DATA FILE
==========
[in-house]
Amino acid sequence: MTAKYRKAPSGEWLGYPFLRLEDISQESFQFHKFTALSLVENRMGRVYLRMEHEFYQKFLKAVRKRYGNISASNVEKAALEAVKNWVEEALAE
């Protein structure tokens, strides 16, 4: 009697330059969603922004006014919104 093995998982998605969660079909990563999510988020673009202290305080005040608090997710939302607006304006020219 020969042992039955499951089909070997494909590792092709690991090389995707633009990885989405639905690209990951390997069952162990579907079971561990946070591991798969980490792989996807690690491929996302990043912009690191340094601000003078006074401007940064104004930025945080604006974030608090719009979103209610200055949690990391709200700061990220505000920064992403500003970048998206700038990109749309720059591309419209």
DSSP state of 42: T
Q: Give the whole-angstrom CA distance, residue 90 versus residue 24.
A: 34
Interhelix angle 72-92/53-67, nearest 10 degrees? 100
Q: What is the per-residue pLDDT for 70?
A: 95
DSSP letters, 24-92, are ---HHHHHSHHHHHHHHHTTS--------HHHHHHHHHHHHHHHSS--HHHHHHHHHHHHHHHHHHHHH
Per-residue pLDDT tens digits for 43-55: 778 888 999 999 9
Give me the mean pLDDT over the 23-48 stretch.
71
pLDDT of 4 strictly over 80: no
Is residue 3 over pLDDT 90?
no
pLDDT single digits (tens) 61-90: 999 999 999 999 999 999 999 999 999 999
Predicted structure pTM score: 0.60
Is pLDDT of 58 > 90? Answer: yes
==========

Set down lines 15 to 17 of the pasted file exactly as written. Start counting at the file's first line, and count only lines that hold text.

Is residue 3 over pLDDT 90?
no
pLDDT single digits (tens) 61-90: 999 999 999 999 999 999 999 999 999 999